When you’re in charge of planning a party or vacation, or buying a gift, make sure you communicate your plans with the other members of your group as you go along. Let them know what you’re planning and give them a chance to give their input. Let them give you ideas that might suit their budgets better and give them an open forum to say, “Hey, you’re getting too expensive here.” Don’t wait until you’ve got everything planned to tell them what you’re thinking. If your plans don’t work for them, they’ll resent you.
Set up a budget in the beginning
A budget can help prevent misunderstandings later. Sit down as a group and figure out what you’ll need for your plans. First, figure out how much, total, you can spend and how much of that can/will come from each person. Then figure out what kind of party supplies you’ll need, or what you’ll need for your vacation. Assign everything a budget category and work from there. You may have to subtract some desired items from the budget as you go along, but it’s better to work within that framework than to just wing it only to discover too late that you’ve spent way too much.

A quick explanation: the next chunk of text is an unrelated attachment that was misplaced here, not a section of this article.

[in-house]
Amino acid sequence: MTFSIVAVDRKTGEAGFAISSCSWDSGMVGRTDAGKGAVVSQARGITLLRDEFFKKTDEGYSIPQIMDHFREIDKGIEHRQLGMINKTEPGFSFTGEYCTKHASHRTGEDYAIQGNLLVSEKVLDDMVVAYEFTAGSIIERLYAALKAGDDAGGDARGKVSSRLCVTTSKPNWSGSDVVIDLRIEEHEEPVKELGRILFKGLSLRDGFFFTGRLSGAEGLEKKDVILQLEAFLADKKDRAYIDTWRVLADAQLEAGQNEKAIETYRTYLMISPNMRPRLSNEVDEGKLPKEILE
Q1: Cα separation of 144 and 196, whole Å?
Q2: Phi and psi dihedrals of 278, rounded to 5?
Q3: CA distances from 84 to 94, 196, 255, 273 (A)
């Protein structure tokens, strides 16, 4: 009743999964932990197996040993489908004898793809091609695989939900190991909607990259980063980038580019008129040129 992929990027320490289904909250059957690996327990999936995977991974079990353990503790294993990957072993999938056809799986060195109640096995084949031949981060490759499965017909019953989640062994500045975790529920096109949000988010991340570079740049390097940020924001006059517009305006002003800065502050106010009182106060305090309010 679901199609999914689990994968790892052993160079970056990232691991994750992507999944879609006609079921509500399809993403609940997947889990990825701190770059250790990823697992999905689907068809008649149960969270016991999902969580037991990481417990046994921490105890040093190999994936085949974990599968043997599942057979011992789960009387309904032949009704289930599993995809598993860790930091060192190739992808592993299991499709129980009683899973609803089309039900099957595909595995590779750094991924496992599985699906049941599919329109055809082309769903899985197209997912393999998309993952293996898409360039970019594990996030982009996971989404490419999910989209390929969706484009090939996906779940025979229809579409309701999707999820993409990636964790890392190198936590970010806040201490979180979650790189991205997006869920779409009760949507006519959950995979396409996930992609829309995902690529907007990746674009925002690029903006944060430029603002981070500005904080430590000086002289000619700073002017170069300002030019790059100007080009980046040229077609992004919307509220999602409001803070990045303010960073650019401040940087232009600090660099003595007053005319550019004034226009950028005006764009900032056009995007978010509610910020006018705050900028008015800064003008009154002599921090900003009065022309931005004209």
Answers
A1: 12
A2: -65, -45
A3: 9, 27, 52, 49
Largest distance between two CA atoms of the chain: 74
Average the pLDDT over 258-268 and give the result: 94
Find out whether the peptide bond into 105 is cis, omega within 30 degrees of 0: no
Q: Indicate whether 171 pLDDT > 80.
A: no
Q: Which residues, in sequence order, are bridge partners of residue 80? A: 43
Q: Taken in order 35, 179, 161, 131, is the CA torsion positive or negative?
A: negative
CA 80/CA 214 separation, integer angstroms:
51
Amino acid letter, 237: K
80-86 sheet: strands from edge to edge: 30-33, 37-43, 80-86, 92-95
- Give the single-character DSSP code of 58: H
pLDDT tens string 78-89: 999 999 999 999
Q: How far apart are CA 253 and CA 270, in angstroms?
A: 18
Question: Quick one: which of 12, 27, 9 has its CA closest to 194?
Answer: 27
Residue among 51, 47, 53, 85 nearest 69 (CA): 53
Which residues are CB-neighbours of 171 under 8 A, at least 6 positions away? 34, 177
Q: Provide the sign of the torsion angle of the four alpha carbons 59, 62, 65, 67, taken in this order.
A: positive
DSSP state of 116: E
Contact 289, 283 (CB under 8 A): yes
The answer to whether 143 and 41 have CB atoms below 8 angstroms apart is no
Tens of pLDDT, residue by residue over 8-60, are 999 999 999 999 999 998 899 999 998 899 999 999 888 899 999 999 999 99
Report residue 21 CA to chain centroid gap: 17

Don’t wait until the last minute
Plans made at the last minute are almost always more expensive than those made in advance. Partly this is because the best discounts tend to go to planners and partly because the panic of waiting too long leads to bad decisions. Give yourself time to hunt for discounts and sales and to make careful plans instead of racing around buying anything and everything at any price at the last minute.
Split costs evenly if it’s fair